He believes that political reporting is at the root of journalism and young journalists should be able to follow and report politics.
“Students can expect to be engaged in politics, develop appreciation for politics and raise political IQ. Politics is important because it frames the basis of what we report on at the municipal, federal, provincial level. Policy doesn’t happen unless there is a political connection,” McKiesaid.
As the RSJ faculty prepare to teach remotely, McKie has been doing so for months at University of King’s College and will continue to do so at the RSJ long-distance from Ottawa.
“If it weren’t for the pandemic, I wouldn’t be teaching. School Chair Janice Neil took this as an opportunity to reach out beyond the scope of who was in Toronto. Me being in Ottawa, I didn’t have to be physically there and I was thankful for that,” said McKie.
Teaching in the fall will also be a homecoming for David Singh who graduated from the Ryerson School of Journalism in 2008.
“It feels awesome, I was back with Ryerson as a writing coach for feature writing class last semester and now to be back as instructor is amazing! It was a crazy feeling to teach in the same classroom where I was learning in 2004,” said Singh.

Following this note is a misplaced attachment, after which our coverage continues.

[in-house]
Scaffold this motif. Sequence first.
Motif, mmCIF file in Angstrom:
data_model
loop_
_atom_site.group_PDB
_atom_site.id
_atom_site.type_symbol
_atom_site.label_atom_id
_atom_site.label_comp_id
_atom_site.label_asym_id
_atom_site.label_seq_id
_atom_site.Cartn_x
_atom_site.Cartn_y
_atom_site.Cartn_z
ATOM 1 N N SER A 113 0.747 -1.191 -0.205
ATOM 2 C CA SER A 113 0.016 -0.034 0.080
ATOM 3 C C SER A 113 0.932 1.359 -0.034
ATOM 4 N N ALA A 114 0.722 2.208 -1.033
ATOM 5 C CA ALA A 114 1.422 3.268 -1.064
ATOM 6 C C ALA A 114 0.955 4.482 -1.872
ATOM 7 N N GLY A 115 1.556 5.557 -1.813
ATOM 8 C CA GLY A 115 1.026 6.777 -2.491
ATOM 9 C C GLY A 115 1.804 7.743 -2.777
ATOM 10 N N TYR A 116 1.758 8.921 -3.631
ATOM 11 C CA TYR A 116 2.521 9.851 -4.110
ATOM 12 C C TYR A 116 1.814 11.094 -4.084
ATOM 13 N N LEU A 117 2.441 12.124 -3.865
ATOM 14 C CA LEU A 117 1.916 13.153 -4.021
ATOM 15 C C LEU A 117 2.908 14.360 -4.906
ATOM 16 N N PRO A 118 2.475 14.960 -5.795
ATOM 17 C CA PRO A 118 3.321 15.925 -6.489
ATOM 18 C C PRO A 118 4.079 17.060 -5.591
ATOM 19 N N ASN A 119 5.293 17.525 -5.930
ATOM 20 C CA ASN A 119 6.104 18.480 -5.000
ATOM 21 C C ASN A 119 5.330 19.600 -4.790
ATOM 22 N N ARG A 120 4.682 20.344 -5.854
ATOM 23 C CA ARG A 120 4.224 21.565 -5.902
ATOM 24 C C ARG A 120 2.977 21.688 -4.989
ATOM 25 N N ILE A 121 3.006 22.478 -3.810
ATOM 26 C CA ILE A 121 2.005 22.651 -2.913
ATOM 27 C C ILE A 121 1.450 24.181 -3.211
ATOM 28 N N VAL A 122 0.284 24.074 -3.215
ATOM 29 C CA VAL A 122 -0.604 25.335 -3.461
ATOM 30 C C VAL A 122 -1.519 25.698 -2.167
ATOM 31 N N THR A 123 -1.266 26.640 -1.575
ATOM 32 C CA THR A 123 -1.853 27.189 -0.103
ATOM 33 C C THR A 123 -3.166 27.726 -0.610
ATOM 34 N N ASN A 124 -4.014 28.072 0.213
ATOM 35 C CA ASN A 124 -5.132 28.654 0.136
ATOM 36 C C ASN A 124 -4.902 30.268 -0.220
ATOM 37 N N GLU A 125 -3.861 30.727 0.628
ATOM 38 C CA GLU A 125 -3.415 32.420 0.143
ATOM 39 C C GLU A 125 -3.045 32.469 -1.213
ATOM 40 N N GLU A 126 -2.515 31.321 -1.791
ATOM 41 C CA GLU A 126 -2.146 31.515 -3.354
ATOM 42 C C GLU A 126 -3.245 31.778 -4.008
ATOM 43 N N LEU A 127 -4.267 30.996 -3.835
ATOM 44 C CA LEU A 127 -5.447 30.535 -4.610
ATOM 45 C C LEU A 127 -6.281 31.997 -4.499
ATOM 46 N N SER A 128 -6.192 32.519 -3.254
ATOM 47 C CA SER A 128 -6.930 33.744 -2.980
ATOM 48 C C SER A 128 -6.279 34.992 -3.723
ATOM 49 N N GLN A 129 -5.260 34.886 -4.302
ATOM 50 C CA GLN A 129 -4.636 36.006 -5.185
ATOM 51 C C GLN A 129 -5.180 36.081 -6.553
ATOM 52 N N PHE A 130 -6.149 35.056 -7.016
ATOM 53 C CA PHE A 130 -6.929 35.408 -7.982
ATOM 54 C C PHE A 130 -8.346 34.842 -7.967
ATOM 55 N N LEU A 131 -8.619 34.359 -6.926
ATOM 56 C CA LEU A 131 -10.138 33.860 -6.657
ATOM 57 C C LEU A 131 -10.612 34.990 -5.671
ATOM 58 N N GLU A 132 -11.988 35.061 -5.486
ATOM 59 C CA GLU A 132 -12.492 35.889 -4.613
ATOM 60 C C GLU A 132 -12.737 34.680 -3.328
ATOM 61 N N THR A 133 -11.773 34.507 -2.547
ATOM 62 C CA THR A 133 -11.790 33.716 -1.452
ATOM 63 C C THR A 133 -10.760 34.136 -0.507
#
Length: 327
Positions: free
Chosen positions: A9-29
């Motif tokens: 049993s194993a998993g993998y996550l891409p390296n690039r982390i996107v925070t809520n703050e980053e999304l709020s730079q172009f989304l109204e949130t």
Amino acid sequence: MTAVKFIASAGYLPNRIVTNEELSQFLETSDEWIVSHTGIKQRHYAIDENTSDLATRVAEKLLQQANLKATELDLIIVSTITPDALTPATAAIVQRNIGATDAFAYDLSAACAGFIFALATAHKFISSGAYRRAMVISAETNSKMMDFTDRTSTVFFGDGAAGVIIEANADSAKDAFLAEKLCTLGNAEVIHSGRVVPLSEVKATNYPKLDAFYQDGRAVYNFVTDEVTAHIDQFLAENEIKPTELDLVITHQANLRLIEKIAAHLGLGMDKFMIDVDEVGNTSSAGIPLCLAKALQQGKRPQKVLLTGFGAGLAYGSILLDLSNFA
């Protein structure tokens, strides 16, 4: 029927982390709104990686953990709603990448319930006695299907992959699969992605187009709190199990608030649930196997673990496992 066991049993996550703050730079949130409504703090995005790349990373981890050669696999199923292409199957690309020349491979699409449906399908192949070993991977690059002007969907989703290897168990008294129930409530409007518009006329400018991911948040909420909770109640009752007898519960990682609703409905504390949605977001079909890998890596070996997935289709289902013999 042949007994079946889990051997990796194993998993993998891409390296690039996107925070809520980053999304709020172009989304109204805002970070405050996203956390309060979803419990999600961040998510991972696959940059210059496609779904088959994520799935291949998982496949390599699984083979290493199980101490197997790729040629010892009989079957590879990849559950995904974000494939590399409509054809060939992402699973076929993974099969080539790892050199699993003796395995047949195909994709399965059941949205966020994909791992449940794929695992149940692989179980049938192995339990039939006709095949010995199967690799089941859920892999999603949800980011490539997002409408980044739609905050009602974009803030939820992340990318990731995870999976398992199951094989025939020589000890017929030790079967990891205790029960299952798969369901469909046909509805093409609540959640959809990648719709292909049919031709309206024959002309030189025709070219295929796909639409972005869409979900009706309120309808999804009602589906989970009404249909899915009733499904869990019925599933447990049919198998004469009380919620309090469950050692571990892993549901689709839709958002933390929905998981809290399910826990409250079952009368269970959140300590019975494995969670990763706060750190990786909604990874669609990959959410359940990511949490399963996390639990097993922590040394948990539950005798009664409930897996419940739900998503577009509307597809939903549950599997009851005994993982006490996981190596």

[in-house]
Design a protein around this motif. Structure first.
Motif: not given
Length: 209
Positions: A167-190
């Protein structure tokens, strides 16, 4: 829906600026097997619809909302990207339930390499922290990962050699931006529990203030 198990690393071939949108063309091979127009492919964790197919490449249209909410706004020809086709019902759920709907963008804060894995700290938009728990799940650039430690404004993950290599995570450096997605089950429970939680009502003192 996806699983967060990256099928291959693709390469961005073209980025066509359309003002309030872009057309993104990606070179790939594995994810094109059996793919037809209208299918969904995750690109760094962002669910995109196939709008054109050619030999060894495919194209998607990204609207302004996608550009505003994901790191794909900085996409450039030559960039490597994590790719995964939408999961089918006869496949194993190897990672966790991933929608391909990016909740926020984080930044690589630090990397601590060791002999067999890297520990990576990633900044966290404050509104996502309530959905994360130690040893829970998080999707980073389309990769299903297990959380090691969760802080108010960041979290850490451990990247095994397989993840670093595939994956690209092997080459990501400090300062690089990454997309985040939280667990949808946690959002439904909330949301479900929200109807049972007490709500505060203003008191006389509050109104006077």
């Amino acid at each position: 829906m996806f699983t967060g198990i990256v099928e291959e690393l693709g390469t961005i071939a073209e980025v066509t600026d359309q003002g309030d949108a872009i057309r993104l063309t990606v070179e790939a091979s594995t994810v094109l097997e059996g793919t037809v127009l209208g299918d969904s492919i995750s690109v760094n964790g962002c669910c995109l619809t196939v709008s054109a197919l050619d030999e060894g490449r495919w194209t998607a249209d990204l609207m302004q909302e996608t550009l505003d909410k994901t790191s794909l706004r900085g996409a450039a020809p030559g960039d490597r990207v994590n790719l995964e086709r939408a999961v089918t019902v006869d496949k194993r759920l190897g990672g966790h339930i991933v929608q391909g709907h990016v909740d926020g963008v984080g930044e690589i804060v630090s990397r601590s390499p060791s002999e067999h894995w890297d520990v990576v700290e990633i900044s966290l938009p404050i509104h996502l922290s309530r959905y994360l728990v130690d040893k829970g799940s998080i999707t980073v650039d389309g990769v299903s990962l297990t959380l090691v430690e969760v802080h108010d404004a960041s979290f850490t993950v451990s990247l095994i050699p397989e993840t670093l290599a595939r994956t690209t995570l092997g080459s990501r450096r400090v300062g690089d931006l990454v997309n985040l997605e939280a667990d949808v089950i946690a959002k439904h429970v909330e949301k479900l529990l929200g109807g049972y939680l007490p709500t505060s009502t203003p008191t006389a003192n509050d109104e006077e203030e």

He has been in the sports journalism industry for over a decade and started working at SportsNET in 2015 after working for MLB.com, The Canadian Press and Metro news among other companies. Singh will be teaching the Sports Journalism course at the RSJ in the fall and believes his own experience working in a variety of roles will ultimately when teaching his students.
“I have worked throughout my career in different roles including corporate communications, editing, beat work, feature writing and designing websites. I’ve covered all areas in my own life and career, all of these will be covered in this course as well,” Singh said.
Aside from technical skills, Singh wants to emphasize the depth and impact sports journalism can have.
“[Sports journalism] doesn’t just mean going to games, there is a deeper side to it. I went to the Bahamas right after there had been a devastating hurricane because a former Maple Leafs player who was from the Bahamas had gone back to support his community. Sports brought me there but that was a human story, not just a sports story. Sports is an entry point to deeper issues,” Singh said.
The Ryerson School of Journalism welcomes all new instructors!